"Le Miroir des Saxons : un texte remarquable, mais presque inconnu dans l’historiographie française (Dirk Heirbaut)
"The benefit to Romanists of using the Basilica" (Hylkje de Jong)
"Num praescriptione omnia iura tolluntur?" (Harry Dondorp)
"Enemies of the Count and of the City" (Jan Dumolyn & Milan Pajic)
"How well do constitutions travel across time and space?" (Jean F. Crombois)
Book reviewsLa grâce des juges, L’institution judiciaire et le sacré en Occident, écrit par R. Jacob, 2014
 (Laurent Waelkens)
La riflessione medievale sulla persona giuridica: la causa pia, écrit par M.G. Fantini, 2010
 (Laurent Waelkens)
Magistri Honorii Summa ‘De iure canonico tractaturus’, tom. II, In memoriam Rudolf Weigand †, et tom. III, adlaborantibus S. Haering, H. Hallermann, Karin Miethaner-Vent [et] M. Petzholt, édité par P. Landau et W. Kozur, 2010
 (Laurent Waelkens)
‘Omnis qui iuste iudicat’ sive lipsiensis, tom. III, In memoriam Rudolf Weigand †, adlaborantibus S. Haering, H. Hallermann, M. Petzholt [et] I.K. Grossmann, édité par P. Landau, W. Kozur [et] K. Miethaner-Vent, 2014
 (Laurent Waelkens)
Pierre Grégoire tra leges e mores, Ricerche sulla pubblicistica francese del tardo Cinquecento, écrit par Ch. Zendri, 2007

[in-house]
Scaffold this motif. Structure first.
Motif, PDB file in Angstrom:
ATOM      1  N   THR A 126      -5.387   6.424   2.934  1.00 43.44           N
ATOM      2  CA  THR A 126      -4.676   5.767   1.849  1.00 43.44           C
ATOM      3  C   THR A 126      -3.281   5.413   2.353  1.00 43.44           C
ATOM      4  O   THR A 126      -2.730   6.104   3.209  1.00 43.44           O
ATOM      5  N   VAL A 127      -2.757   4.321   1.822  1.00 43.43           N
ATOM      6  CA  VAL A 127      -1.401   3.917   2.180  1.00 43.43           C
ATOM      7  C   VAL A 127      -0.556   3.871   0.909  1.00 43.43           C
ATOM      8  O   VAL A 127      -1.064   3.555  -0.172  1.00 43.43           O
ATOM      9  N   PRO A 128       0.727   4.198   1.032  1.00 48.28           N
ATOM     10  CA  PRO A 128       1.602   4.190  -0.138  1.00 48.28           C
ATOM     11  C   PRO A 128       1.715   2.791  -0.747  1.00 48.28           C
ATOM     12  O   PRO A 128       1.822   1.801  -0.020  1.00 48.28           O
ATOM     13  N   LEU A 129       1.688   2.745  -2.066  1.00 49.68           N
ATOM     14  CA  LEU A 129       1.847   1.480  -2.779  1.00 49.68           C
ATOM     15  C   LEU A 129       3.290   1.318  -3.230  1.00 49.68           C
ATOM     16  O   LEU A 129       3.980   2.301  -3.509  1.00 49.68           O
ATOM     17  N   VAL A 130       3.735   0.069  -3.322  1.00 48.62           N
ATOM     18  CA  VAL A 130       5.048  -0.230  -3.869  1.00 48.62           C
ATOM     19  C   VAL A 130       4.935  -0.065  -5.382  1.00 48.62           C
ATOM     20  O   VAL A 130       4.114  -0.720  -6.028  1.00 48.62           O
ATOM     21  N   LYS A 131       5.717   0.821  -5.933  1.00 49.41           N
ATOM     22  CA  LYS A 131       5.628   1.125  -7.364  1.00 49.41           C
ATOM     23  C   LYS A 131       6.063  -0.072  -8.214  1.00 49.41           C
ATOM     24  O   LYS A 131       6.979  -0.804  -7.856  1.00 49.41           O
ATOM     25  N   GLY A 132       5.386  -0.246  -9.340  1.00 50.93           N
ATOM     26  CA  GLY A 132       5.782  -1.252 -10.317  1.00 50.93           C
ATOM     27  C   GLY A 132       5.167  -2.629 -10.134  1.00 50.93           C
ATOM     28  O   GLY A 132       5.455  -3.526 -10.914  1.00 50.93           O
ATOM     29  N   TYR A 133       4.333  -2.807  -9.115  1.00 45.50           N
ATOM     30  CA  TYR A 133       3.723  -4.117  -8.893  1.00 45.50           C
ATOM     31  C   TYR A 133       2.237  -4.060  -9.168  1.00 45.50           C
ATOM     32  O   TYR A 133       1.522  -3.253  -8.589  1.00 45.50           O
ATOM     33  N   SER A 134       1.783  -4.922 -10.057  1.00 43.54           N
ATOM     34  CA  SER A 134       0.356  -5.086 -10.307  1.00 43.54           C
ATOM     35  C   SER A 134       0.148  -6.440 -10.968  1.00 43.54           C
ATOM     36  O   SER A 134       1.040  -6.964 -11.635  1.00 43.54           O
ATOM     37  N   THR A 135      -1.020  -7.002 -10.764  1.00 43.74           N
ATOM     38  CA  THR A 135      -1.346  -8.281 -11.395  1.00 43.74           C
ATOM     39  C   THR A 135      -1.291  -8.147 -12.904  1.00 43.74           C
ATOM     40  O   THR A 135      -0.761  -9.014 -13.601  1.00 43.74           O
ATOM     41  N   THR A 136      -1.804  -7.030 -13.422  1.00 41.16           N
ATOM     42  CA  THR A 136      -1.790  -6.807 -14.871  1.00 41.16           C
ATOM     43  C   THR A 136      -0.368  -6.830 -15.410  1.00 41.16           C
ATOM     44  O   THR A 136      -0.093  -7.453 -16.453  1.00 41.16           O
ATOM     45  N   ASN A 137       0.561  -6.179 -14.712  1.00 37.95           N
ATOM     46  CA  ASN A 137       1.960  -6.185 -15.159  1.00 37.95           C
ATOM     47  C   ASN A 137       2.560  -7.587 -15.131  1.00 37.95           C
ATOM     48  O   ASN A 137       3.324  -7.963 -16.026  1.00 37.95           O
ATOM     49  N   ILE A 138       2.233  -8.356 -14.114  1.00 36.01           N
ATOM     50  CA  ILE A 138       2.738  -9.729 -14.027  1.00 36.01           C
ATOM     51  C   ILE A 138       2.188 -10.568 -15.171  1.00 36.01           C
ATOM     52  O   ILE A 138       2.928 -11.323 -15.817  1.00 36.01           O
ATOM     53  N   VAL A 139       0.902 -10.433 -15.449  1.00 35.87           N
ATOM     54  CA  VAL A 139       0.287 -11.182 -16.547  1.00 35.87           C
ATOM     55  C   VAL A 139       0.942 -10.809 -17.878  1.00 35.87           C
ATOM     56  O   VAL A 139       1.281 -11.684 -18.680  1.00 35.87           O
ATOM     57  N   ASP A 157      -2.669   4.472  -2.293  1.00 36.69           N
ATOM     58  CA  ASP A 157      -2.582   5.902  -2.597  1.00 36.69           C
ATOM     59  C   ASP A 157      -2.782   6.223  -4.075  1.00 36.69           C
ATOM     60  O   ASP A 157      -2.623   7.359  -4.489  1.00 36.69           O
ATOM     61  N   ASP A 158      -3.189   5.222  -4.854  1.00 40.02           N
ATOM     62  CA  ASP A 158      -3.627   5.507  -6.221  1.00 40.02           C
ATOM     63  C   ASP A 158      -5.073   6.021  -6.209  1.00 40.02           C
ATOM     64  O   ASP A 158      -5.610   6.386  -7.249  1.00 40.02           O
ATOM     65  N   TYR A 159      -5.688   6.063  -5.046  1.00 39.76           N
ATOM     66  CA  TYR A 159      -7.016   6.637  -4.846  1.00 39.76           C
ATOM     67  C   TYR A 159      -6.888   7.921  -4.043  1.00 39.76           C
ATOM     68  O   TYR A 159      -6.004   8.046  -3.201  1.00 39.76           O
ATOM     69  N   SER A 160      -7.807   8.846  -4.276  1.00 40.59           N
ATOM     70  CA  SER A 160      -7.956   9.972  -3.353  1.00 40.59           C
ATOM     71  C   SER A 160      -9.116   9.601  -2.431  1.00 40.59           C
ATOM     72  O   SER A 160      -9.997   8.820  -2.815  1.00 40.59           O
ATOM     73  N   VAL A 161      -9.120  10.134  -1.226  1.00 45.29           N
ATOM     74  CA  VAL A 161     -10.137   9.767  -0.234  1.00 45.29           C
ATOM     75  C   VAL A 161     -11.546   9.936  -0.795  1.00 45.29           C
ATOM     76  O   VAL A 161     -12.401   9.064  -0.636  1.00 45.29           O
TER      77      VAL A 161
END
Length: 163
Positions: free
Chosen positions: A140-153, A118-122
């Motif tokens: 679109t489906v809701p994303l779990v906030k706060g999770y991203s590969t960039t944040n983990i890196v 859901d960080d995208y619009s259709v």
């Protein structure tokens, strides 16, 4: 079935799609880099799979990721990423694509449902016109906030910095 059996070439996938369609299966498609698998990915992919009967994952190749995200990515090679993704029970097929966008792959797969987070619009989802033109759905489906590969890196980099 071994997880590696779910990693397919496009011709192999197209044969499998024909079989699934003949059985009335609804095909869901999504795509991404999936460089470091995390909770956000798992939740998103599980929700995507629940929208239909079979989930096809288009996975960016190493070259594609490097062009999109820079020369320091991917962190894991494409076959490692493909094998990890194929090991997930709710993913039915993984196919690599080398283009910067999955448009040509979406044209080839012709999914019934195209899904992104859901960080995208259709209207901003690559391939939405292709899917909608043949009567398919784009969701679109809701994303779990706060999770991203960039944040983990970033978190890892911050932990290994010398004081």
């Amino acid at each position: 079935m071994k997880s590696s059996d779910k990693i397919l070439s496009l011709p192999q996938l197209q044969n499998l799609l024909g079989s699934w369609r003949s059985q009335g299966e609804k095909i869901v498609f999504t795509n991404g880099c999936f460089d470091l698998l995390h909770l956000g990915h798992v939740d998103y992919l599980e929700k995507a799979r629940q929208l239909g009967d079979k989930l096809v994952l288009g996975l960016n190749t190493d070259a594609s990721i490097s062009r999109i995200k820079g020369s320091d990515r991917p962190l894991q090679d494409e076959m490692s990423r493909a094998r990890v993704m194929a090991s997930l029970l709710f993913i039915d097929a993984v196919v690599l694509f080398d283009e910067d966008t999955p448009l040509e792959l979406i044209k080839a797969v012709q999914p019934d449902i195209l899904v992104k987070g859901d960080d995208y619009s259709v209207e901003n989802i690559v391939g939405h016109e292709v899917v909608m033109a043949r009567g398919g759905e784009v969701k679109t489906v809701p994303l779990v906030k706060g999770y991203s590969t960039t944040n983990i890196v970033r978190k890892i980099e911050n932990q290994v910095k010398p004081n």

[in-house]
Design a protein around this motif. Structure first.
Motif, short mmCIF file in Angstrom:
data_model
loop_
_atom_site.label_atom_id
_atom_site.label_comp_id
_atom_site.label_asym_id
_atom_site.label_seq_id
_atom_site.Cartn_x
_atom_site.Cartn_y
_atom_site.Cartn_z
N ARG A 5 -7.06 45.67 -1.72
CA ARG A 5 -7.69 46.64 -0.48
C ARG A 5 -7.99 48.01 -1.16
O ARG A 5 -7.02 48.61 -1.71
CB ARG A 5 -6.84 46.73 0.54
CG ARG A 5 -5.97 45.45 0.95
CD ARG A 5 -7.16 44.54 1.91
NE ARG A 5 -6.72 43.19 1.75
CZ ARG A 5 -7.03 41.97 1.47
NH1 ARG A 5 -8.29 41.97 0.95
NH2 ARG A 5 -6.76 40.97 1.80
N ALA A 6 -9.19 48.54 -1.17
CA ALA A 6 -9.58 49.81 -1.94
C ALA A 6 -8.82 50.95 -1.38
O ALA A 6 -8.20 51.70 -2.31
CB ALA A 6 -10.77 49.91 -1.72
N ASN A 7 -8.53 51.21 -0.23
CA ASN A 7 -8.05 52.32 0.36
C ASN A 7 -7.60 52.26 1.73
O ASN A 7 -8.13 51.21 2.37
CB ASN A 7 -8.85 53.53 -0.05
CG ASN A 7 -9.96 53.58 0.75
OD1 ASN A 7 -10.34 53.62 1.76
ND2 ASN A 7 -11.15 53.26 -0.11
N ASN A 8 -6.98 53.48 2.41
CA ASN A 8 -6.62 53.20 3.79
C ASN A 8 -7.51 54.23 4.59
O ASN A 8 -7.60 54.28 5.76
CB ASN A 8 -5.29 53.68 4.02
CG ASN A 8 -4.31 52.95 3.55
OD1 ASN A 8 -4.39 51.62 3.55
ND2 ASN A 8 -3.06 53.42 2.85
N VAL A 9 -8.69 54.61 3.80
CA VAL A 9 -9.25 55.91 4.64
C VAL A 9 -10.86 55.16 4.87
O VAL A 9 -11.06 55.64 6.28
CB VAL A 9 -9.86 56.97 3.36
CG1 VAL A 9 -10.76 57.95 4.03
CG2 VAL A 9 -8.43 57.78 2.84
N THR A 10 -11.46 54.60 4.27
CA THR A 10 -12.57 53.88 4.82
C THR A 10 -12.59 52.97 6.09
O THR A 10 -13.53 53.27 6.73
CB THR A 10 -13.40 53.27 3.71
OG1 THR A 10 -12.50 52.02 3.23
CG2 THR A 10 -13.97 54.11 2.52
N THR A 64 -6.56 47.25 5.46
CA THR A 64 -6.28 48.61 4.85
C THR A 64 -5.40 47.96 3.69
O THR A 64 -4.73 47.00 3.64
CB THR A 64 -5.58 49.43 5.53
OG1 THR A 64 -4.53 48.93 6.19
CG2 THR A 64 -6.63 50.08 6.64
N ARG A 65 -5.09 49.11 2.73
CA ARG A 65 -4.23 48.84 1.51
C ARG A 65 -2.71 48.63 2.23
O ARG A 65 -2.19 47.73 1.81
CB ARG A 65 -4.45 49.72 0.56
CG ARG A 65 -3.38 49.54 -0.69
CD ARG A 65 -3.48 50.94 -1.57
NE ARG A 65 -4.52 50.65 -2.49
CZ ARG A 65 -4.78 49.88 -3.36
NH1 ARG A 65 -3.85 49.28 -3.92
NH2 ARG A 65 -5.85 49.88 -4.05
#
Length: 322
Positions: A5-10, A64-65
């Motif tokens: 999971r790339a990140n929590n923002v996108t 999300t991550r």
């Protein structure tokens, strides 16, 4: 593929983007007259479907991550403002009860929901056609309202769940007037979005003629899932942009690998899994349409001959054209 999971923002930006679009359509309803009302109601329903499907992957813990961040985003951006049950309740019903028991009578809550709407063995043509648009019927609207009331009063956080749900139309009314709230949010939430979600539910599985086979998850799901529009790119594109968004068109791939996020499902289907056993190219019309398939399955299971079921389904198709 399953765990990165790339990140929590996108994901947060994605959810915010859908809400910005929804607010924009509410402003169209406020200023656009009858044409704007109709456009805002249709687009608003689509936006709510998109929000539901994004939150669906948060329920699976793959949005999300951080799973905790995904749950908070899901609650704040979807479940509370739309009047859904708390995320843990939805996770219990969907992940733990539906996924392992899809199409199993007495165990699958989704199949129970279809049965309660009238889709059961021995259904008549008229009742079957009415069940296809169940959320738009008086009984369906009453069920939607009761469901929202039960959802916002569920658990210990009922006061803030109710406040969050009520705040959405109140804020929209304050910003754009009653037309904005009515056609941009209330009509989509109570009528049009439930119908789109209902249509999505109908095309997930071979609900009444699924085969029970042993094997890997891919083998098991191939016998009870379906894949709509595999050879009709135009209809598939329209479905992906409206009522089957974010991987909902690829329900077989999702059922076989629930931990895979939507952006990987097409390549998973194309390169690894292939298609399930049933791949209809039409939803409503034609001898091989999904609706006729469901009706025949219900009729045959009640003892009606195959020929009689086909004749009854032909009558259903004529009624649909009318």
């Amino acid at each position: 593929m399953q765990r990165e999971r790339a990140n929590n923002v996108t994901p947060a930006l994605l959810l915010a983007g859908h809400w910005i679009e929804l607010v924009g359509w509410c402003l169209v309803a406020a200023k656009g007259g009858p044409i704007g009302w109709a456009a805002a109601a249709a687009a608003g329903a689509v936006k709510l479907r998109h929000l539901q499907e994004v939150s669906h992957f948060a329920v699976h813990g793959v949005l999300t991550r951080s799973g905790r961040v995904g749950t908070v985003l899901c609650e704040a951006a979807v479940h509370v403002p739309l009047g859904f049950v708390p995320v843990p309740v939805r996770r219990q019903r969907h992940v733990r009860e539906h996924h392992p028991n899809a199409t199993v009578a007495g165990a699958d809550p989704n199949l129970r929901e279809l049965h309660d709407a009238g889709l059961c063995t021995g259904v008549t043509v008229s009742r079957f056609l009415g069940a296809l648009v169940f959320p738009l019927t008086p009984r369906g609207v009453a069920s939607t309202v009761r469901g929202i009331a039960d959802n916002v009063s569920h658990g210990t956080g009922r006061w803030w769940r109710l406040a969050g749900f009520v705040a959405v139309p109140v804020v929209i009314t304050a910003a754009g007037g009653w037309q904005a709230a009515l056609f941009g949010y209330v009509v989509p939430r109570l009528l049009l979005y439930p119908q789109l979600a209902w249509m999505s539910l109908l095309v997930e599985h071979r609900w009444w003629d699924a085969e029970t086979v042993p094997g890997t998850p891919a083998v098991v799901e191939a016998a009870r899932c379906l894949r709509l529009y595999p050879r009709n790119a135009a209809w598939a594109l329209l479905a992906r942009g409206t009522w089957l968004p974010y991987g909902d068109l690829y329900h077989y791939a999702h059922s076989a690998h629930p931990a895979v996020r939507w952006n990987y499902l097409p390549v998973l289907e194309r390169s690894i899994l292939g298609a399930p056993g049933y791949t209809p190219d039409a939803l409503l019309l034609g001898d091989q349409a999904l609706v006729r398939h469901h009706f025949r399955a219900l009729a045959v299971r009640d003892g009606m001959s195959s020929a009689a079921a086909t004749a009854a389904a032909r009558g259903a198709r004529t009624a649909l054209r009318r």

(Laurent Waelkens)
Los bandos de buen gobierno del Río de la Plata, Tucumán y Cuyo (época hispánica), Edición y estudio, écrit par V. Tau Anzoátegui, 2004
  (Laurent Waelkens)
The Great Council of Malines in the 18th century, An aging court in a changing world?, written by An Verscuren, 2015
 (Alain Wijffels)
Developing a legal paradigm for patents: the attitude of judges to patents during the early phase of the Industrial Revolution in England (1750s – 1830s), geschreven door Helen Gubby, 2012
 (T. Cohen Jehoram)All texts can be consulted online.


Categories: Comparative Law News

SSRN PAPER: Rebeca FERNANDES DIAS, "Brazilian Criminological Thinking During the First Republic (1889-1930)" [MPI for European Legal History, Research Paper Series 2016-13]

(images source: typepad)